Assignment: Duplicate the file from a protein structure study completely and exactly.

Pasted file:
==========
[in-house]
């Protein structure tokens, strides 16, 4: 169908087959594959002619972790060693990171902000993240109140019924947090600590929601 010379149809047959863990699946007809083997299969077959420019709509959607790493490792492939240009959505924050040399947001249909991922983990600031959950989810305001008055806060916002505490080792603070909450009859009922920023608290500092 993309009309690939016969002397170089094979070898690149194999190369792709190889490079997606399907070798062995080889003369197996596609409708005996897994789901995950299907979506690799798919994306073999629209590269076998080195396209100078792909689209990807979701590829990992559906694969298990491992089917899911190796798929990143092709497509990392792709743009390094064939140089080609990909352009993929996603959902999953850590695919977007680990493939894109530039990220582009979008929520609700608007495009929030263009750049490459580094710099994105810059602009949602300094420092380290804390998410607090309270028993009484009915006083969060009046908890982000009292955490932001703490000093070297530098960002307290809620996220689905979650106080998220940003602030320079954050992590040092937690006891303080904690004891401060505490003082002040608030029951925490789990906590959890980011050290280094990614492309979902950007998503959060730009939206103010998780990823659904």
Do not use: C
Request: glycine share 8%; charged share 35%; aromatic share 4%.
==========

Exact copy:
[in-house]
């Protein structure tokens, strides 16, 4: 169908087959594959002619972790060693990171902000993240109140019924947090600590929601 010379149809047959863990699946007809083997299969077959420019709509959607790493490792492939240009959505924050040399947001249909991922983990600031959950989810305001008055806060916002505490080792603070909450009859009922920023608290500092 993309009309690939016969002397170089094979070898690149194999190369792709190889490079997606399907070798062995080889003369197996596609409708005996897994789901995950299907979506690799798919994306073999629209590269076998080195396209100078792909689209990807979701590829990992559906694969298990491992089917899911190796798929990143092709497509990392792709743009390094064939140089080609990909352009993929996603959902999953850590695919977007680990493939894109530039990220582009979008929520609700608007495009929030263009750049490459580094710099994105810059602009949602300094420092380290804390998410607090309270028993009484009915006083969060009046908890982000009292955490932001703490000093070297530098960002307290809620996220689905979650106080998220940003602030320079954050992590040092937690006891303080904690004891401060505490003082002040608030029951925490789990906590959890980011050290280094990614492309979902950007998503959060730009939206103010998780990823659904």
Do not use: C
Request: glycine share 8%; charged share 35%; aromatic share 4%.